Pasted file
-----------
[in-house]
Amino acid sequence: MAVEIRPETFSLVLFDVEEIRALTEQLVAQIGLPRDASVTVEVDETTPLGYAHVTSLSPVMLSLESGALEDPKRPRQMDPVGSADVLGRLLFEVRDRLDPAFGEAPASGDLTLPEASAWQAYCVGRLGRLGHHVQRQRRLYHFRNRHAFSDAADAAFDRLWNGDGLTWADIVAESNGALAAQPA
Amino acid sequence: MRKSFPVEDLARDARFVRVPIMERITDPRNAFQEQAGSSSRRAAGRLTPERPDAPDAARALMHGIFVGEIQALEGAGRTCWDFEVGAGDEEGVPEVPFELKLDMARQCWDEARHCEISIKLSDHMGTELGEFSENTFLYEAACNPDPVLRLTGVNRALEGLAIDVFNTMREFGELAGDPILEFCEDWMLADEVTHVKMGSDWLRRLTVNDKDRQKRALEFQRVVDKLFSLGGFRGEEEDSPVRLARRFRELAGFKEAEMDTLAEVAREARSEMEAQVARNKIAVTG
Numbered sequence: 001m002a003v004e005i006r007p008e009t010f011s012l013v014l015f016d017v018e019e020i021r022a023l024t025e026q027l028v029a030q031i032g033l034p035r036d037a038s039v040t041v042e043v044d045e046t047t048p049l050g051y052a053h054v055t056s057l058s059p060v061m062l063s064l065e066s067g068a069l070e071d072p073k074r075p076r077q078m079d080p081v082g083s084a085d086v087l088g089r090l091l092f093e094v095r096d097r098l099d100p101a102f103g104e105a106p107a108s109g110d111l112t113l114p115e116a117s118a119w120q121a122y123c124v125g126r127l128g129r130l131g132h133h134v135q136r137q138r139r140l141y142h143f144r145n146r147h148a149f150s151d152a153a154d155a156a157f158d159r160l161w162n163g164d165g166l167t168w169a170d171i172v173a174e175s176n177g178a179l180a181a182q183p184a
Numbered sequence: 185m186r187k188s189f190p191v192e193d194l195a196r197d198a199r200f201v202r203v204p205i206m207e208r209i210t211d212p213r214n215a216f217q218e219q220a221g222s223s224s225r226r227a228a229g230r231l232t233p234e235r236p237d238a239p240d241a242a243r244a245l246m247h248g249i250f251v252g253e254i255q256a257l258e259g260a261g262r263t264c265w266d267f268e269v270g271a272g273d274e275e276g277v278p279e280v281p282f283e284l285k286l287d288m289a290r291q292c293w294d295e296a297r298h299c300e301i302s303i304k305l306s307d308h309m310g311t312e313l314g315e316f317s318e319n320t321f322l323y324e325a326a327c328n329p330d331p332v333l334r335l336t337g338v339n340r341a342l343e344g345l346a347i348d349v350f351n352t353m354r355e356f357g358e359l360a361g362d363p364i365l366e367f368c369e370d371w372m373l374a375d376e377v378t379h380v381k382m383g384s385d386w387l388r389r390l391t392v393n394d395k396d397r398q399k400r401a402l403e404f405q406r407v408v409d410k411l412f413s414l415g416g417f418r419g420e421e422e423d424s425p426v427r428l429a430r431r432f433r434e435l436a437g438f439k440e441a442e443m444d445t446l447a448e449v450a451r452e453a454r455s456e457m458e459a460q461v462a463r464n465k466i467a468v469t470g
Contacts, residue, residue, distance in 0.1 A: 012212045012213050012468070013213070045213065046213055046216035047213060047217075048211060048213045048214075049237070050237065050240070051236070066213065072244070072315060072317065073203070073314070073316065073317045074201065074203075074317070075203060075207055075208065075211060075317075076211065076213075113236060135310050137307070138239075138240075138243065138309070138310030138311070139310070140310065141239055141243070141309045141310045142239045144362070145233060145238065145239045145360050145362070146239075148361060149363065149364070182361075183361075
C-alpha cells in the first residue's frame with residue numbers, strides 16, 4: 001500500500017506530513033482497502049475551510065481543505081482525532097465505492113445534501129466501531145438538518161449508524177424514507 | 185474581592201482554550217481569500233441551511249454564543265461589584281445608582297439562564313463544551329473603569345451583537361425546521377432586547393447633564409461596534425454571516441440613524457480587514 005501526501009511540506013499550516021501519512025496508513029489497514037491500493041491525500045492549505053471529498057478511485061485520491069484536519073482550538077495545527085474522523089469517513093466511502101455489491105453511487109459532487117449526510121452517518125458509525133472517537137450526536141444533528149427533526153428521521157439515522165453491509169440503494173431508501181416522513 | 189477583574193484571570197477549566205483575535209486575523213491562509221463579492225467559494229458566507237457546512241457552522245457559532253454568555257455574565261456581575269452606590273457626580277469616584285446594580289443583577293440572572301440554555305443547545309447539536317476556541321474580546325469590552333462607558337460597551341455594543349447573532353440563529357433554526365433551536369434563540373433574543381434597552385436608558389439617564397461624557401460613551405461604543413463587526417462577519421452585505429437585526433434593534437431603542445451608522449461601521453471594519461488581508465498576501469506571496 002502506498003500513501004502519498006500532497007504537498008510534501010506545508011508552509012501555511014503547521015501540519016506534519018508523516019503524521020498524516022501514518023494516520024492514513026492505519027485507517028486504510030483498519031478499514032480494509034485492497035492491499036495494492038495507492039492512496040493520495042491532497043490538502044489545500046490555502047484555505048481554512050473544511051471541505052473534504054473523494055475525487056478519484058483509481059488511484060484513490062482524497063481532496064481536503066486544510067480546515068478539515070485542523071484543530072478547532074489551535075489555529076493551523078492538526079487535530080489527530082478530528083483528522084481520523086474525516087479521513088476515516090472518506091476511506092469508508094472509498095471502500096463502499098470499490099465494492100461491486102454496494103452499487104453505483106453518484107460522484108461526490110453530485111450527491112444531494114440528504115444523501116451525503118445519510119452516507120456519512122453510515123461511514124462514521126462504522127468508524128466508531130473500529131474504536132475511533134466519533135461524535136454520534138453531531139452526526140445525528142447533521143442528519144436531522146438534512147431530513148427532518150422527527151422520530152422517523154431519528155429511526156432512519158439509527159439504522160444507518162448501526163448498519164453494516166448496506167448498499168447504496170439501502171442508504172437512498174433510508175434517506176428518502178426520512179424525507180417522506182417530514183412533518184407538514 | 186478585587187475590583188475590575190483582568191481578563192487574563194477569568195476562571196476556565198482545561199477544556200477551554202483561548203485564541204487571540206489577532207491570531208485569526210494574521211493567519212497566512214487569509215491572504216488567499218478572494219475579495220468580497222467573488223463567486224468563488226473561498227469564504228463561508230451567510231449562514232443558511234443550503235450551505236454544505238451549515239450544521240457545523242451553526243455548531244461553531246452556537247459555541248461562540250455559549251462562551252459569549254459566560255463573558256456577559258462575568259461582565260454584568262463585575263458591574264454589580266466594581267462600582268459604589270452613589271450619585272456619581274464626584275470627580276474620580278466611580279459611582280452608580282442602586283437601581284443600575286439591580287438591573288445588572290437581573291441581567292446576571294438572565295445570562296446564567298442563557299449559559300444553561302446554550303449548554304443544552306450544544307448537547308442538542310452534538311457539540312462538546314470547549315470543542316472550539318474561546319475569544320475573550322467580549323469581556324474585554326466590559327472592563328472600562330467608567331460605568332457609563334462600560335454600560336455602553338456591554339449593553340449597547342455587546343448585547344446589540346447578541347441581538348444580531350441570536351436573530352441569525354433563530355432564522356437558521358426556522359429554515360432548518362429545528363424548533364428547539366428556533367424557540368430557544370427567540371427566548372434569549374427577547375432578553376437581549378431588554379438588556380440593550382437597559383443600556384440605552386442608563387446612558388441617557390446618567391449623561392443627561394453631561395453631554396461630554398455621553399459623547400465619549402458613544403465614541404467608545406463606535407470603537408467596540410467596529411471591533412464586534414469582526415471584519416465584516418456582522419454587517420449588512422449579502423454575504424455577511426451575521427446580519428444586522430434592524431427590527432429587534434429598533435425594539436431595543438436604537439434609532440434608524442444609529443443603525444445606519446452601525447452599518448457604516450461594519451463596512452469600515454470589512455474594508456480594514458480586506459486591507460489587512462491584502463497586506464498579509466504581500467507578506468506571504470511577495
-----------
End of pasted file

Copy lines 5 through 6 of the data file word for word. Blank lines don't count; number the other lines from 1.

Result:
Numbered sequence: 185m186r187k188s189f190p191v192e193d194l195a196r197d198a199r200f201v202r203v204p205i206m207e208r209i210t211d212p213r214n215a216f217q218e219q220a221g222s223s224s225r226r227a228a229g230r231l232t233p234e235r236p237d238a239p240d241a242a243r244a245l246m247h248g249i250f251v252g253e254i255q256a257l258e259g260a261g262r263t264c265w266d267f268e269v270g271a272g273d274e275e276g277v278p279e280v281p282f283e284l285k286l287d288m289a290r291q292c293w294d295e296a297r298h299c300e301i302s303i304k305l306s307d308h309m310g311t312e313l314g315e316f317s318e319n320t321f322l323y324e325a326a327c328n329p330d331p332v333l334r335l336t337g338v339n340r341a342l343e344g345l346a347i348d349v350f351n352t353m354r355e356f357g358e359l360a361g362d363p364i365l366e367f368c369e370d371w372m373l374a375d376e377v378t379h380v381k382m383g384s385d386w387l388r389r390l391t392v393n394d395k396d397r398q399k400r401a402l403e404f405q406r407v408v409d410k411l412f413s414l415g416g417f418r419g420e421e422e423d424s425p426v427r428l429a430r431r432f433r434e435l436a437g438f439k440e441a442e443m444d445t446l447a448e449v450a451r452e453a454r455s456e457m458e459a460q461v462a463r464n465k466i467a468v469t470g
Contacts, residue, residue, distance in 0.1 A: 012212045012213050012468070013213070045213065046213055046216035047213060047217075048211060048213045048214075049237070050237065050240070051236070066213065072244070072315060072317065073203070073314070073316065073317045074201065074203075074317070075203060075207055075208065075211060075317075076211065076213075113236060135310050137307070138239075138240075138243065138309070138310030138311070139310070140310065141239055141243070141309045141310045142239045144362070145233060145238065145239045145360050145362070146239075148361060149363065149364070182361075183361075